On financial literacy training and mentoring
“Most people who want to take loans do not know how to sign cheques or read the small print. Many loanees are illiterate and get stuck in the cycle of not being able to repay loans. Training and mentoring are key to responsible lending and borrowing. Success, from our point of view, is measured by social impact, not by the number of loans disbursed.”

On Shanti Life’s focus on sanitation
“When women are able to access safe sanitation, which is in the vicinity, it means they can eat on time, go to the bathroom safely and improve their overall health. Further, they can save the money they have been spending on medicines needed for illnesses caused by lack of sanitation, and retain their dignity. Resultantly, women are able to be more productive because they are safe and healthy.”

On how business inspires ownership
“Having enough money to buy an asset and build a business creates a sense of responsibility as the entrepreneur becomes a stakeholder. To give you one example, a woman takes a loan to purchase a rickshaw, so that her husband can drive it. The loan is in her name, he works for her and pays her, so she is both his manager and financier…not to mention, the woman of the house!”

On digital forays
“We are working on an online shop. We already have yoga bags designed by village artisans that we are in the process of producing. We are aiming to sell shawls and saris too. We hope to have the online shop up and operational in the first quarter of 2018. The funds made through the sale of the goods will go back to the artisans.”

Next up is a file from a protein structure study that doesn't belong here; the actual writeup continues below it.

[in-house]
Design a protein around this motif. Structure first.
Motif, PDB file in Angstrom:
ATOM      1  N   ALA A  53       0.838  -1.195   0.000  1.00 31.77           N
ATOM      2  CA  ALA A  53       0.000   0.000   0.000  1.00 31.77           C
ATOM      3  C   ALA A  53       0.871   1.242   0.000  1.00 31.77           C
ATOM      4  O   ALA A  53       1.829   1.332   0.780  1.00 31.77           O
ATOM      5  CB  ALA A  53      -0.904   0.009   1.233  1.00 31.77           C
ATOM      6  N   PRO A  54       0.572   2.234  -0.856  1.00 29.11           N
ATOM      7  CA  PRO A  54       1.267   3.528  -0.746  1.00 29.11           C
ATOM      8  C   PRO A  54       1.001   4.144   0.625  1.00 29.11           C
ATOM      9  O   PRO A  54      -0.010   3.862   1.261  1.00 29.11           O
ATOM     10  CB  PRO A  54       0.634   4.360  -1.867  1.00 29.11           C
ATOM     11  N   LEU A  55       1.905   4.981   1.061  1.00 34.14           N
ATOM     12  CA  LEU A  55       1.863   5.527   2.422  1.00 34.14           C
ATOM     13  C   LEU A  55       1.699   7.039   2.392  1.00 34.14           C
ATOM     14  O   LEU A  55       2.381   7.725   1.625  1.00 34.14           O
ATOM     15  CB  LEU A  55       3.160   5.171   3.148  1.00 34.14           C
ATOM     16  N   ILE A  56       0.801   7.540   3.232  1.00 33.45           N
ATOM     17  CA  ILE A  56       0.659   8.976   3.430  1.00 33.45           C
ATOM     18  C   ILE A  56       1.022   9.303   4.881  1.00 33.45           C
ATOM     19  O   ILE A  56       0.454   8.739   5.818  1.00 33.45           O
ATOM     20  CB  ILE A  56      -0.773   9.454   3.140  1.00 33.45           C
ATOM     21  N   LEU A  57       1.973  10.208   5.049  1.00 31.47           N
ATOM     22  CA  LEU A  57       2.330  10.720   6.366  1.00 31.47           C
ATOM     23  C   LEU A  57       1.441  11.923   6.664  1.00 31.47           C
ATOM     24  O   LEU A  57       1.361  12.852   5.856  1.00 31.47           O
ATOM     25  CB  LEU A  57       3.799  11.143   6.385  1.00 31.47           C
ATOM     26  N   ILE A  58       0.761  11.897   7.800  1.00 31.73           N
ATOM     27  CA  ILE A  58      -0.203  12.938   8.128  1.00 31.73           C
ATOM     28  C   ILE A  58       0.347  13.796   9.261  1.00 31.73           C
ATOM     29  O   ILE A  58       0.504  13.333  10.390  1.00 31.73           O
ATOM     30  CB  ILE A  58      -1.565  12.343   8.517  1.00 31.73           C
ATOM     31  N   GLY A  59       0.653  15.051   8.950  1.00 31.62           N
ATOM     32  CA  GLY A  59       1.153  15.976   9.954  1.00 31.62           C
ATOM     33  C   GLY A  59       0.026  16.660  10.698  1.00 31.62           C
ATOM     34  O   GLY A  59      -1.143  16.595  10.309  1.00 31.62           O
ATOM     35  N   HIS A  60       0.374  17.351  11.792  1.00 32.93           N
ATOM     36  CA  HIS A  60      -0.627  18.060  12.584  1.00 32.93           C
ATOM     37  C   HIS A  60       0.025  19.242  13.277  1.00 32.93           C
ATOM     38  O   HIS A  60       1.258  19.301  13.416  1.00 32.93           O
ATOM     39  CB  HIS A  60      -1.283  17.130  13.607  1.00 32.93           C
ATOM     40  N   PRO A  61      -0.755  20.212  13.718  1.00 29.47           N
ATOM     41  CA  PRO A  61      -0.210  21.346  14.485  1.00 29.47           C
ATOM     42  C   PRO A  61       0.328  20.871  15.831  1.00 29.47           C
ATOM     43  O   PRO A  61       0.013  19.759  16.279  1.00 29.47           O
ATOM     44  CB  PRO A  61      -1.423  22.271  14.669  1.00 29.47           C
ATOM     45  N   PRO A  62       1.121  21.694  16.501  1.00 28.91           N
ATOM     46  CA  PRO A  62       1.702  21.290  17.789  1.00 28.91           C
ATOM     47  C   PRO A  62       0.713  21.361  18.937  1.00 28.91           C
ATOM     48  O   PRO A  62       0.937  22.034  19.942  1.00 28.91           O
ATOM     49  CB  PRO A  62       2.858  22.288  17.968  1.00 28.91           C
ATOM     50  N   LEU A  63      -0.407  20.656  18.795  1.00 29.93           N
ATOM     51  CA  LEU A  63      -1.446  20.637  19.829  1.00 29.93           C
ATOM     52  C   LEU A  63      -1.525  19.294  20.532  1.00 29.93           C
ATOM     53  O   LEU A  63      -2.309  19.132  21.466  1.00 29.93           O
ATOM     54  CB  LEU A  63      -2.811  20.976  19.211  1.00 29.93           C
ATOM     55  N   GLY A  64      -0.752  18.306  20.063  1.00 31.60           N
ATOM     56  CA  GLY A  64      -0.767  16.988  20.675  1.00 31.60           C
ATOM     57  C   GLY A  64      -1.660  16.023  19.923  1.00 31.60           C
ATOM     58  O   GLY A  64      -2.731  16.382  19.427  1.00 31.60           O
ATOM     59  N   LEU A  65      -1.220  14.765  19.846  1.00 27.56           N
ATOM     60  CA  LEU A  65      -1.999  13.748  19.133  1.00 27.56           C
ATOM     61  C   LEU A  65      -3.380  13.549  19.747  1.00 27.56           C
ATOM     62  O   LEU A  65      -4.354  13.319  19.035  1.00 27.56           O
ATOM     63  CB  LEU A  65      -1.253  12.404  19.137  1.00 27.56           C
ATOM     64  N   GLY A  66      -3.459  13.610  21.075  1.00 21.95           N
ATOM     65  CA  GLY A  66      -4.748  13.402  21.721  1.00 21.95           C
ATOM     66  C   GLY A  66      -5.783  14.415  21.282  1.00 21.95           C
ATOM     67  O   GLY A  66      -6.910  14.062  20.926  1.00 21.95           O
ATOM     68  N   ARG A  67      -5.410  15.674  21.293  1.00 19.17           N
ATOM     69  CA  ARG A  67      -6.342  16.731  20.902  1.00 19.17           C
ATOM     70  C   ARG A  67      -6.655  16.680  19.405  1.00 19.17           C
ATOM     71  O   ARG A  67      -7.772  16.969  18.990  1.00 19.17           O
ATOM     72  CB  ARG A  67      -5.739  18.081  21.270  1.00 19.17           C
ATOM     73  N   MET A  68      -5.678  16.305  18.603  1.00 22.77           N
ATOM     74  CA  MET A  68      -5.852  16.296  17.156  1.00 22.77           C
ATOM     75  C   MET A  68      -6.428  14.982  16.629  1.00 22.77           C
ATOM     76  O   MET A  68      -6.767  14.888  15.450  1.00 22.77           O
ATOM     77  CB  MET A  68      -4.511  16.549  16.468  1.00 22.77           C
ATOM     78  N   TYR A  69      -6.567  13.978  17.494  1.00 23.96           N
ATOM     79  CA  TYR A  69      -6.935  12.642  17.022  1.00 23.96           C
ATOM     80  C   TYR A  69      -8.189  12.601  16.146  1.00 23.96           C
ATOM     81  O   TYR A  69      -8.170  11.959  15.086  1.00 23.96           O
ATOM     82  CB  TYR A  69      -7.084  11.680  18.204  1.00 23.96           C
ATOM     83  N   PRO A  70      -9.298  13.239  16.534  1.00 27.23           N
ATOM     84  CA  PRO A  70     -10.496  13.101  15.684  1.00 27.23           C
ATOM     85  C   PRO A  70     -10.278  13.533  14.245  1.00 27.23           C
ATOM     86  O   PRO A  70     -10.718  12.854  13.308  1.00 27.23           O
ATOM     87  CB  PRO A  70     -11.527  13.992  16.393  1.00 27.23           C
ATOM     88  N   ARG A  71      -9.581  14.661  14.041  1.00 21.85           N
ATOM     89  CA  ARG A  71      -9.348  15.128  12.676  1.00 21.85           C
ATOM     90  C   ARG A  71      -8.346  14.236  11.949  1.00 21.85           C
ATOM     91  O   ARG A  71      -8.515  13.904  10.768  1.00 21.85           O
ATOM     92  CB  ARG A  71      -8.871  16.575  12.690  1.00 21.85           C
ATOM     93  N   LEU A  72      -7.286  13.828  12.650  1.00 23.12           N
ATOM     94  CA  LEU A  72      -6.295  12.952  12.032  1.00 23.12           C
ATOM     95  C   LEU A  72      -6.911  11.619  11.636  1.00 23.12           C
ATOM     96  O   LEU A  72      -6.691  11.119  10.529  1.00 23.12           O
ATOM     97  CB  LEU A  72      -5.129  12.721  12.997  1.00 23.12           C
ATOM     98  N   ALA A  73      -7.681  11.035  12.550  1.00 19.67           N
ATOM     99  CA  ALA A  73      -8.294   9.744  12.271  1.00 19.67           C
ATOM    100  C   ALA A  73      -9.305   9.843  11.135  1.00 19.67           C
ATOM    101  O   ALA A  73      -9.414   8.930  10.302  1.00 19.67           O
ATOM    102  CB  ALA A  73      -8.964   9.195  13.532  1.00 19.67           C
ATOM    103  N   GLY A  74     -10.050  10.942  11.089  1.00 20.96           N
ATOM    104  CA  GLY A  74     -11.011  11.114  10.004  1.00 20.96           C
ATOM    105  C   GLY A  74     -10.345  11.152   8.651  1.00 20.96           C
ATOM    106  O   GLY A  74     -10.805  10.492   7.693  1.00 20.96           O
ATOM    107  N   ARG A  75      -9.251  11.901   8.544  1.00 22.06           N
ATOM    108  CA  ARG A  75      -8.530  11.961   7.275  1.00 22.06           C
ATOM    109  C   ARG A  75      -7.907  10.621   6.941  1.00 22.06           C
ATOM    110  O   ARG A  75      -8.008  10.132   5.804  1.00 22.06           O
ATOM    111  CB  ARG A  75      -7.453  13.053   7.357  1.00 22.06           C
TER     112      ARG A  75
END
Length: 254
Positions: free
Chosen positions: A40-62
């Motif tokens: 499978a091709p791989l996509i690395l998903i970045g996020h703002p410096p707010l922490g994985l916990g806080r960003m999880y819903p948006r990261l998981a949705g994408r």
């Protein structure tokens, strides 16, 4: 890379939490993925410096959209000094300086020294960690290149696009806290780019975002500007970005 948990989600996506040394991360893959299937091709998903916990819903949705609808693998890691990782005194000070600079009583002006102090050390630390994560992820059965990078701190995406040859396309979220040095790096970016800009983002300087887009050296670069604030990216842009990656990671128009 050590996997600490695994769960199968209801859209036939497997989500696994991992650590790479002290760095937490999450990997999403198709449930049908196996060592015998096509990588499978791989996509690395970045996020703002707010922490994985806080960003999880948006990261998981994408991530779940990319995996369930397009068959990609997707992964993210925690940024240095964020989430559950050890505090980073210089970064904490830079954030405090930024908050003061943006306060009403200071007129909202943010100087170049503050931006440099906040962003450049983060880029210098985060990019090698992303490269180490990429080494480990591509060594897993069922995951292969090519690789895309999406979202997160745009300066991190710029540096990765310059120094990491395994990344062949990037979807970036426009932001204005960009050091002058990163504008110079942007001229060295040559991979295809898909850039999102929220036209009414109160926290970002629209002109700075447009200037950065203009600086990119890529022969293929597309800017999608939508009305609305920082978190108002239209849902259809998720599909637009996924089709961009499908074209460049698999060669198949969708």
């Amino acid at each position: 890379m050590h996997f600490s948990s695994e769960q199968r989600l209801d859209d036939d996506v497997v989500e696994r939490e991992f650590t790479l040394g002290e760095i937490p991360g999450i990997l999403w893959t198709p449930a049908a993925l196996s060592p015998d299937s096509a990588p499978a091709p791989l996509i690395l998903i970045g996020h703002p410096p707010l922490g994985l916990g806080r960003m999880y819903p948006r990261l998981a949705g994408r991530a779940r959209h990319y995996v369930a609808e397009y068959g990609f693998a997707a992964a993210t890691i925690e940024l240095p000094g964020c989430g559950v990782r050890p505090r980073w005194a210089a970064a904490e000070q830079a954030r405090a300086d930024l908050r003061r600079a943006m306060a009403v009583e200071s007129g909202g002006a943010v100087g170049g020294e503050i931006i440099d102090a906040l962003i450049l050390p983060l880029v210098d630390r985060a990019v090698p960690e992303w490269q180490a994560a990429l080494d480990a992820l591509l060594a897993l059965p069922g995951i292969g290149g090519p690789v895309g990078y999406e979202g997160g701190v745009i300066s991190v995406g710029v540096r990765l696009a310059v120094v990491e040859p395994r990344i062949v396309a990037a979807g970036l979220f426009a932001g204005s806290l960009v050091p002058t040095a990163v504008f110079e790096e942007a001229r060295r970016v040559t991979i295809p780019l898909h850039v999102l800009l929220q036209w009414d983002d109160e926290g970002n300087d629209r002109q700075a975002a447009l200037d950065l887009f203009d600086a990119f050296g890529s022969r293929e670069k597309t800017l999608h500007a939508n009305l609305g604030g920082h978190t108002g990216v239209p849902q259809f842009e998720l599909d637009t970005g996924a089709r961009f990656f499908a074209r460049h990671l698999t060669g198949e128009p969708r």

On key learnings
“Accounting and transparency are key; without these two, nothing can work, especially when it comes to money. It is essential for the lender to lend responsibly (for example, ensure the recipients understand what they are getting into) and the borrower to borrow responsibly. It is important to take funds that are smart — money is more valuable when it comes from a source that cares about training and follow-on funding.”

Advice to those looking to enter the welfare sector
“I think everyone has to think about how their skills can actually make a difference. It’s one thing to have passion, but another thing entirely to apply those kinds of skills to really impact a community or an individual. Poverty alleviation has to come from a grass-roots approach and must focus on all parties involved. Also, one’s intentions and deliverables have to be realistic.”

In the pipeline for 2018
“We are working with several communities, but we want to adopt five to seven villages in the following year and really focus on specific issues related to them. We are working with a marketing agency, which will assist us in spreading our message to raise awareness — and in the process, we will hopefully be able to capture some success stories on film, too. The online marketplace to sell goods made by villagers will be key to measuring social impact.”